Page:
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2022-02-25 09:44:01 Earth
More than 10,000 years ago a firestorm hit our Earth

Since its creation and then the emergence of life, planet Earth has experienced many cataclysms. About 13,000 years ago, for instance, a firestorm swept across nearly a tenth of the Earth's surface. However, researchers believe this catastrophe could rival in gravity the catastrophe generated by the asteroid that wiped out the dinosaurs. 

When we think of the cataclysms that have devastated the Earth, the asteroid that caused the Chicxulub crater often comes first. The object, 14 kilometres wide, crashed into the Earth 66 million years ago and caused a mass extinction event which ended the reign of the dinosaurs. The collision caused massive forest fires, hurricanes, earthquakes and landslides. Scientists recently estimated that the asteroid also caused a tsunami with waves up to 1,500 metres high.

However, a February 7, 2022 article published in Science Alert told of a different cataclysm. This one occurred much closer in time to us: about 13,000 years ago. The Earth was engulfed in a firestorm over almost a tenth of its surface. A team from the University of Kansas (USA) published a study on the subject in 2018. According to the researchers, the most likely hypothesis is that a large comet underwent a breakup during its arrival. Various fragments then collided with Earth and caused a catastrophe.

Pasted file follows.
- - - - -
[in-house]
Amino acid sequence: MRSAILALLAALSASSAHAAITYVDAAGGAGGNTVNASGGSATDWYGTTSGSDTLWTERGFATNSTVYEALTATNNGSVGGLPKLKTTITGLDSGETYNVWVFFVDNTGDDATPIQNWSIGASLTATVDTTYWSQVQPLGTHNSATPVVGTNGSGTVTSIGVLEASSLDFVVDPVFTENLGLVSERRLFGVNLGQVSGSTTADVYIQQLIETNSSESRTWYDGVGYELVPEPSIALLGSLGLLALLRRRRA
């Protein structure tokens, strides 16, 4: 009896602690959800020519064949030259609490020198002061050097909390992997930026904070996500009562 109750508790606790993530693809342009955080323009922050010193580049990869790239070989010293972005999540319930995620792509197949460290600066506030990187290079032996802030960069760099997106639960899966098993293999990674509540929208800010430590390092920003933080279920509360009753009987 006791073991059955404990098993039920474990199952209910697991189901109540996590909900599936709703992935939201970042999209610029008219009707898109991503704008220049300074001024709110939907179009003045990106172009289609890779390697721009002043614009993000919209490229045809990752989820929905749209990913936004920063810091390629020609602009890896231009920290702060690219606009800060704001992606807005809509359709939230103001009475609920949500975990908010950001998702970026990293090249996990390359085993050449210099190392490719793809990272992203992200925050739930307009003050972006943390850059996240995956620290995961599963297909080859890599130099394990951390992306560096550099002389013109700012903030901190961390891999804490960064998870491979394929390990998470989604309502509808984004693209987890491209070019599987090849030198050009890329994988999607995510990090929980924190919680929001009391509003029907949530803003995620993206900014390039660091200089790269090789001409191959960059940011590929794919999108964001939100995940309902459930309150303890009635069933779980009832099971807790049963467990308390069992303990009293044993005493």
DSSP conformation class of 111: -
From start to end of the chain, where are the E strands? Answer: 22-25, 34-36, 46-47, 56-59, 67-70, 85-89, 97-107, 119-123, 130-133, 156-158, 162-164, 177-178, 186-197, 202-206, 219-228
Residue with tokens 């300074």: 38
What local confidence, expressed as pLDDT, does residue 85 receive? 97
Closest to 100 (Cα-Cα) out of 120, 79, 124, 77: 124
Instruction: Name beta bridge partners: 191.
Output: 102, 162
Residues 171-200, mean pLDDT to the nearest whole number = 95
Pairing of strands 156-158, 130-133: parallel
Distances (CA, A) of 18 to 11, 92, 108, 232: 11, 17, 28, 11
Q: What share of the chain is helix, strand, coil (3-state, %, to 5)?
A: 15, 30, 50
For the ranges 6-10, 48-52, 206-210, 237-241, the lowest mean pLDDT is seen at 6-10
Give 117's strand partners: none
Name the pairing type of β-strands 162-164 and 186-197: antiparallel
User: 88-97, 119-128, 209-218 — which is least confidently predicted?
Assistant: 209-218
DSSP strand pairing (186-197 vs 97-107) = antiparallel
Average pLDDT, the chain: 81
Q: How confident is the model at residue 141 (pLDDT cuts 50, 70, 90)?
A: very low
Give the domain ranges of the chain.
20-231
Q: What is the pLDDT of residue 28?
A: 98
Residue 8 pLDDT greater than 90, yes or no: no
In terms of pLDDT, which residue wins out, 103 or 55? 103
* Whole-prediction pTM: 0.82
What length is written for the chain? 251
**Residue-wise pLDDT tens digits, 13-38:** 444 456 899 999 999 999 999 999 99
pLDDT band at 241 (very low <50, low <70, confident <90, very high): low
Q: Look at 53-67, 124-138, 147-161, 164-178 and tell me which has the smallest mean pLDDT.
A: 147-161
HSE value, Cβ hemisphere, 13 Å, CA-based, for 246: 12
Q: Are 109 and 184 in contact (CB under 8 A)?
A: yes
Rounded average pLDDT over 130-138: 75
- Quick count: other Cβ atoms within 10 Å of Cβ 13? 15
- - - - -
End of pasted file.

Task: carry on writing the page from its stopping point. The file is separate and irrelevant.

The effects of this firestorm can be compared to those of the asteroid Chicxulub. The gigantic fires created huge clouds of dust which engulfed the Earth. Our planet then entered a 1200-year ice age, when it had just emerged from a 100 000 year ice age. After the fires disappeared, life was able to resume. 

In 2018, the 84 scientists involved in the study measured numerous geochemical and isotopic markers at no fewer than 170 locations around the world. The goal? To reconstruct the history of this grand firestorm. These markers, which include carbon dioxide, nitrate and ammonia, made it possible to assess damage over an area of 10 million km², just under a tenth of the Earth's surface. 

Known as the Late Dryas (see chronology), the 1200-year ice age represents the last cold oscillation of the last ice age. However, this variation remained unexplained until the work of American firestorm researchers. Nevertheless, it must be remembered that the hypothesis of a comet break-up, whose fragments produced the storm, is not new and has still not been unanimously accepted by the scientific community for decades.


Author: new-science




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